HomeContributorsFundamental AnalysisWill Crude Oil (WTI) Prices Decline As Libyan Exports Come Back Online?

Will Crude Oil (WTI) Prices Decline As Libyan Exports Come Back Online?

Key Points:

  • Libyan ‘Force Majeure’ event ceases.
  • Russia meets around 66% of their pledged production cuts.
  • Medium term outlook on oil remains unchanged with Q2 estimate of $47.20-$48.40.

Crude Oil prices largely headed in a positive direction last week as the market was beset by the risk of falling production following, what was termed, a ‘Force Majeure’ event. Subsequently, West Texas Intermediate (WTI) prices received an immediate boost and rallied back above the $50.00 handle. However, we now know that the event was largely due to warring factions blocking access to Libyan pipelines and that supply might have just been restored. Subsequently, it begs the question as to whether crude prices will face pressure as the additional supply returns to the global markets.

The return of the Shahara and Wafa oil fields to full production is definitely an unexpected surprise and required significant intervention following their blockading by armed factions early last week. The overall impact on Libyan crude oil production was stark given that those two fields represent around 36% of the embattled countries current output. Subsequently, the return of around 252k b/pd of crude production to the world markets is likely to have an immediate impact on prices.

However, although there is likely to be additional downward pressure on Crude Oil prices, Libya is likely to remain relatively unstable in the face of ongoing warfare amongst the various militias. Subsequently, it is highly likely that there will be further supply disruptions over the medium term until some form of government is re-established within the war torn state. The current regimes output goals remain focused on increasing productive capacity to 1.1 million b/pd within 2017 but that supply is likely to remain unstable at best.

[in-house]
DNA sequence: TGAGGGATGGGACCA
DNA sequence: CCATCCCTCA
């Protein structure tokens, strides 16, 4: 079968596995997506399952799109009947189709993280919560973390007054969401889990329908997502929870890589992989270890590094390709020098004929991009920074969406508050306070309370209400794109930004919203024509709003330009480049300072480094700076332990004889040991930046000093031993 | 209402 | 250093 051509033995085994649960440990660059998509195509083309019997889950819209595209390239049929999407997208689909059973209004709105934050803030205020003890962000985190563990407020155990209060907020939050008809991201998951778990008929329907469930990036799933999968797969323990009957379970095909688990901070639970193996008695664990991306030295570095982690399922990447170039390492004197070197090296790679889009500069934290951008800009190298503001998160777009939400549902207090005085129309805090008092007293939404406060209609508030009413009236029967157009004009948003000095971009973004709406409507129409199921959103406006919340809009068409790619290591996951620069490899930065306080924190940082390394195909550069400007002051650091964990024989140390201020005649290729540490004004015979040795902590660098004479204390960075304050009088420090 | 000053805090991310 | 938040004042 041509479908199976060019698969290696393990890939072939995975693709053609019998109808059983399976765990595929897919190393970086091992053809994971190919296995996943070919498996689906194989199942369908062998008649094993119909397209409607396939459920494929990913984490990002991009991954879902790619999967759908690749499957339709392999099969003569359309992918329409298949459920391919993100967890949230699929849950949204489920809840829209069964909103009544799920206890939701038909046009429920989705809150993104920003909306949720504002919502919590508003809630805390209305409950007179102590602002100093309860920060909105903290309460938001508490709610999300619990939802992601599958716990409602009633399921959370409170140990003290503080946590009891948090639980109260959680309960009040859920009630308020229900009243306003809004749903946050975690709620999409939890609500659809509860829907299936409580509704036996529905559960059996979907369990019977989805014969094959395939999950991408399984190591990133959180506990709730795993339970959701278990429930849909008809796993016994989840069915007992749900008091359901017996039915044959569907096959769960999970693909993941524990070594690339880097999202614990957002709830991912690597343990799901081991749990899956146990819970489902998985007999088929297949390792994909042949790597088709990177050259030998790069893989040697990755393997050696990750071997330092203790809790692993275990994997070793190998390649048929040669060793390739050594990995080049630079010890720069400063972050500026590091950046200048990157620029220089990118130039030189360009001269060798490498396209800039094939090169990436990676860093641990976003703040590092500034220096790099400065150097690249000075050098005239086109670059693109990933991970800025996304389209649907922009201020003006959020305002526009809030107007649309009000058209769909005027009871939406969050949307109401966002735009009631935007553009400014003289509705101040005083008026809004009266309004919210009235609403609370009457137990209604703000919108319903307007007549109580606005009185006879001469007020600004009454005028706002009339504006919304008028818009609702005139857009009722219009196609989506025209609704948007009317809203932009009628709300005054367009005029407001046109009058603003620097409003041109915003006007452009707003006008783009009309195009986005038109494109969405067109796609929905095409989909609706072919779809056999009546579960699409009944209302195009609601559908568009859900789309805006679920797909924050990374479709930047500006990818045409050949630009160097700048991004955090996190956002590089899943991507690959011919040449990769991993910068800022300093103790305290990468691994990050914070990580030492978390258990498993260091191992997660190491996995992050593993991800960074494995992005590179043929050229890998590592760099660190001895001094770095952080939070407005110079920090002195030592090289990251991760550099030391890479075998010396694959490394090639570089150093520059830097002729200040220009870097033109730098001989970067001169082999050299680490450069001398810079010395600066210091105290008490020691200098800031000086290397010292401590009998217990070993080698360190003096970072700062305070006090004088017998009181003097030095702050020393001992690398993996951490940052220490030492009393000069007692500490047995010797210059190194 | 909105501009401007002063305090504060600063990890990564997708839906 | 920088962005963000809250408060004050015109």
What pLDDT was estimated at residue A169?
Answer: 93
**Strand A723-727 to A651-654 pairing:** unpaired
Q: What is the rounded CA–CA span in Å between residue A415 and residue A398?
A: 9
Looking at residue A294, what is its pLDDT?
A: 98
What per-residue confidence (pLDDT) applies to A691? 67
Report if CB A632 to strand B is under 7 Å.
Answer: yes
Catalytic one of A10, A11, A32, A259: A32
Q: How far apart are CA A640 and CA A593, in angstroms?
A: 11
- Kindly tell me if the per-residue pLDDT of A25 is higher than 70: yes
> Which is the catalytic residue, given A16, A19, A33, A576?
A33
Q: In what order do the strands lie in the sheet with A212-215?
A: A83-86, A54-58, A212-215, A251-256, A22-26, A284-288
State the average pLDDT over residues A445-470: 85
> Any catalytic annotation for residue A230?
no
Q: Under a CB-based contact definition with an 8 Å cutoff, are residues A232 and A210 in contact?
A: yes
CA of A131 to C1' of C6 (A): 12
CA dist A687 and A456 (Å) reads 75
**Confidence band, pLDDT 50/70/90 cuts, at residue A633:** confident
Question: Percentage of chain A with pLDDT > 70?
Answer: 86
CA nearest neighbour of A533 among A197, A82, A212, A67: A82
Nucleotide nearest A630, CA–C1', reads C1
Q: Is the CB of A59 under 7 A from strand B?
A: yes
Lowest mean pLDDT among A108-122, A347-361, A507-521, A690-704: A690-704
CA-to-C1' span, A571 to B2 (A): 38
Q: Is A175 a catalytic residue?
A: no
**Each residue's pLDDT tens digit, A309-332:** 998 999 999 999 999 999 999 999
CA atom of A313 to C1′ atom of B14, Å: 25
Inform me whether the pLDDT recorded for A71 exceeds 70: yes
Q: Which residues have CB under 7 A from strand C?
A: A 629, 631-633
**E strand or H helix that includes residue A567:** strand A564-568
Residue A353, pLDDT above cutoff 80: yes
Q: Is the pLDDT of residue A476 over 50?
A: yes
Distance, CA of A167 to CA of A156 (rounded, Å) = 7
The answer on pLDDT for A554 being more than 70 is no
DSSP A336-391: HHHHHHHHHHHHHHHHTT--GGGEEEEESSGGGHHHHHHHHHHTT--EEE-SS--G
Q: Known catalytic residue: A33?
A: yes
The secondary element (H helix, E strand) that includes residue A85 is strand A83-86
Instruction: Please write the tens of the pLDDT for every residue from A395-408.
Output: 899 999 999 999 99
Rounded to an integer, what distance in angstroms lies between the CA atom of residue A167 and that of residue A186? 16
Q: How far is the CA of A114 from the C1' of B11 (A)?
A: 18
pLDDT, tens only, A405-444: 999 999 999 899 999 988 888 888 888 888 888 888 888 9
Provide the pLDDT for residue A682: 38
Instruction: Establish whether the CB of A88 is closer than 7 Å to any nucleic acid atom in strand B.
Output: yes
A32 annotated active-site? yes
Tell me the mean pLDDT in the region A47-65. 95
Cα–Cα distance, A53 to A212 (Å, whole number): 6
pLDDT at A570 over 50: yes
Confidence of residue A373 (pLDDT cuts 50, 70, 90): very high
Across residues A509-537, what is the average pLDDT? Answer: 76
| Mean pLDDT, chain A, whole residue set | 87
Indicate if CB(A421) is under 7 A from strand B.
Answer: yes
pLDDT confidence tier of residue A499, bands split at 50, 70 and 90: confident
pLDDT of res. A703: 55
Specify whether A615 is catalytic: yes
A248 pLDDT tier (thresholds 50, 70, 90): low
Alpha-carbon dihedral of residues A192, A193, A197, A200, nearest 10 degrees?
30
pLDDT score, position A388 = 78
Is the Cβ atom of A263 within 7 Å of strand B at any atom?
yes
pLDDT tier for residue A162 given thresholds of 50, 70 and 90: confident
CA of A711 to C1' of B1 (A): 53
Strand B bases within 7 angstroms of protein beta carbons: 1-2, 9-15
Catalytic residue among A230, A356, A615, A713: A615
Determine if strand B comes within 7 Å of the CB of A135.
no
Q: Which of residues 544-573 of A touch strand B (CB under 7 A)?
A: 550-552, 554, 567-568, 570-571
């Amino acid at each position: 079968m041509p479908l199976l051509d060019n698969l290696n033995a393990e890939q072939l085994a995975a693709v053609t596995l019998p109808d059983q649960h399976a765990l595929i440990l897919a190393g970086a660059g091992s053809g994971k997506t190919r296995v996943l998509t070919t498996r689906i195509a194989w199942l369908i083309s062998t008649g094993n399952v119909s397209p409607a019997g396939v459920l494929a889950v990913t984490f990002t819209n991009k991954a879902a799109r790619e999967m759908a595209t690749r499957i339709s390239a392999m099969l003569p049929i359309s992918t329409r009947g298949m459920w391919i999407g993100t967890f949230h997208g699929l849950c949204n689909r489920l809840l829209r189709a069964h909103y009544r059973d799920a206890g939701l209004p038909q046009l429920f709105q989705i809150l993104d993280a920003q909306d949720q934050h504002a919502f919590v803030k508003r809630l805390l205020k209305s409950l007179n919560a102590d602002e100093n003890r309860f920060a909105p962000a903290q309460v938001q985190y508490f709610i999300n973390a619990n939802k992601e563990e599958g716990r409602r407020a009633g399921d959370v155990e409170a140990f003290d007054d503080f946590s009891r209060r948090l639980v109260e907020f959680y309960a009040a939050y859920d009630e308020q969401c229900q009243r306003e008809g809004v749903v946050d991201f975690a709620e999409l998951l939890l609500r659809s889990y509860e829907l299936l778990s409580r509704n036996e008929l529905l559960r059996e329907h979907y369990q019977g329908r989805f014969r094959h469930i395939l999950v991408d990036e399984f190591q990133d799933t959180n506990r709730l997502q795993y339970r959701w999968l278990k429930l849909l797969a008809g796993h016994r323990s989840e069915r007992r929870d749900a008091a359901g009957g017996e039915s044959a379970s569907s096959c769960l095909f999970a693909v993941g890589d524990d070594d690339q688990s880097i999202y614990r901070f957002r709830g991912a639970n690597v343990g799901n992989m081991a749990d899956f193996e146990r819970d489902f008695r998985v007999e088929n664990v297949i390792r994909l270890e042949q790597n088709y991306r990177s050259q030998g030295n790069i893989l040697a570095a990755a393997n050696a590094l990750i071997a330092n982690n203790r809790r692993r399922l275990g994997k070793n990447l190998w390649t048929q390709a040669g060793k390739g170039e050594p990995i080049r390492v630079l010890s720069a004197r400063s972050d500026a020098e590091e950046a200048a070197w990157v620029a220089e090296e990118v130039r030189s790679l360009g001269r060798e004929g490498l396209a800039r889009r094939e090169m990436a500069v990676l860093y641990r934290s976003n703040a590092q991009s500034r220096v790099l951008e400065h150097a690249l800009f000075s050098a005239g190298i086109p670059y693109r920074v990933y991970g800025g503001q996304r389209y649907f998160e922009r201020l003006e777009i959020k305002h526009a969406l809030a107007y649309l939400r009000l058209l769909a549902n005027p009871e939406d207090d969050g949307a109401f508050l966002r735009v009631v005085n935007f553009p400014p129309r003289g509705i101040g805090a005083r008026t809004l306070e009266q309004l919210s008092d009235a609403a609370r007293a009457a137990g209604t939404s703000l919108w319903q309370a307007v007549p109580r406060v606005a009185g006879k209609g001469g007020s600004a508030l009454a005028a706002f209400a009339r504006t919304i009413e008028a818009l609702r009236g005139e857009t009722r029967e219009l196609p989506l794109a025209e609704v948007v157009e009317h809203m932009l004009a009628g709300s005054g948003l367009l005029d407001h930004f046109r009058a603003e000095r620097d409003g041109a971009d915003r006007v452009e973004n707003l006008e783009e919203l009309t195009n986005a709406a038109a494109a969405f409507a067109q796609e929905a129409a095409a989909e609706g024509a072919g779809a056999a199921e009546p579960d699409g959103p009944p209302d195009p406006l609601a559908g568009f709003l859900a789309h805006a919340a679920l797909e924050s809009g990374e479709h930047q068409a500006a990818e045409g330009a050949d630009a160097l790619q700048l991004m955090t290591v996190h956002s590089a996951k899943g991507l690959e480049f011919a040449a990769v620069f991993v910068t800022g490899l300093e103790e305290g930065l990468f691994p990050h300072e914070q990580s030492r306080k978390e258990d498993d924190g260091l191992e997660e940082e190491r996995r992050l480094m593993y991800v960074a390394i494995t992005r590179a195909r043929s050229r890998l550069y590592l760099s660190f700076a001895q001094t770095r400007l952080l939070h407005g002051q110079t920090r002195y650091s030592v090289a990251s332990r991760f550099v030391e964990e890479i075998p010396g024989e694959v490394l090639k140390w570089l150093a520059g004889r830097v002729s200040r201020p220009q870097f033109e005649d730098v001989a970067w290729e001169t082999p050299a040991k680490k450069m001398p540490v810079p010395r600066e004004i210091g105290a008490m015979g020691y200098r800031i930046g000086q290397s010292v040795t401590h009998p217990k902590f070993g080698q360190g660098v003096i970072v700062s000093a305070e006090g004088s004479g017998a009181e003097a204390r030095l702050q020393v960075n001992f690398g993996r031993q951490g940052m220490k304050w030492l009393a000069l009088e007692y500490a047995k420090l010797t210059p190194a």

In contrast, Russia is following through with much of their purported production cuts and, at last count, has cut over 200k b/pd, about two thirds of their original pledge. Although, the target for the OPEC and non-OPEC agreed cuts remains in place it seems difficult to foresee many nations fully reaching the pledged levels. Subsequently, there could be significant pressure on producers to cheat on the original agreement, or at least reduce their commitments, given the present levels of compliance by other nations. As always with OPEC deals, the devil is in the details and most members are not known for their adherence to cartel targets.

Subsequently, although crude oil prices might currently be residing around the $51.20 a barrel price (WTI), the old pressures of rebalancing are likely to return in the near term. Therefore, our medium term forecasts remain in place for WTI prices to return to the $47.20 – $48.400 level by the end of Q2, 2017. Rebalancing must still occur within the market and OPEC needs to get on board and realise that the new oil order is upon us.

Blackwell Global
Blackwell Globalhttp://www.blackwelltrader.com/
The report provided by Blackwell Global Investments Limited ("Blackwell Global") is meant for informative reading and should not be relied upon as a substitute for extensive independent research . The information and opinions presented do not take into account any particular individual's investment objectives, financial situation, or needs, and hence does not constitute as an advice or a recommendation with respect to any investment product. All investors should seek advice from certified financial advisors based on their unique situation before making any investment decisions and should tailor the trade size and leverage of their trading to their personal risk appetite.

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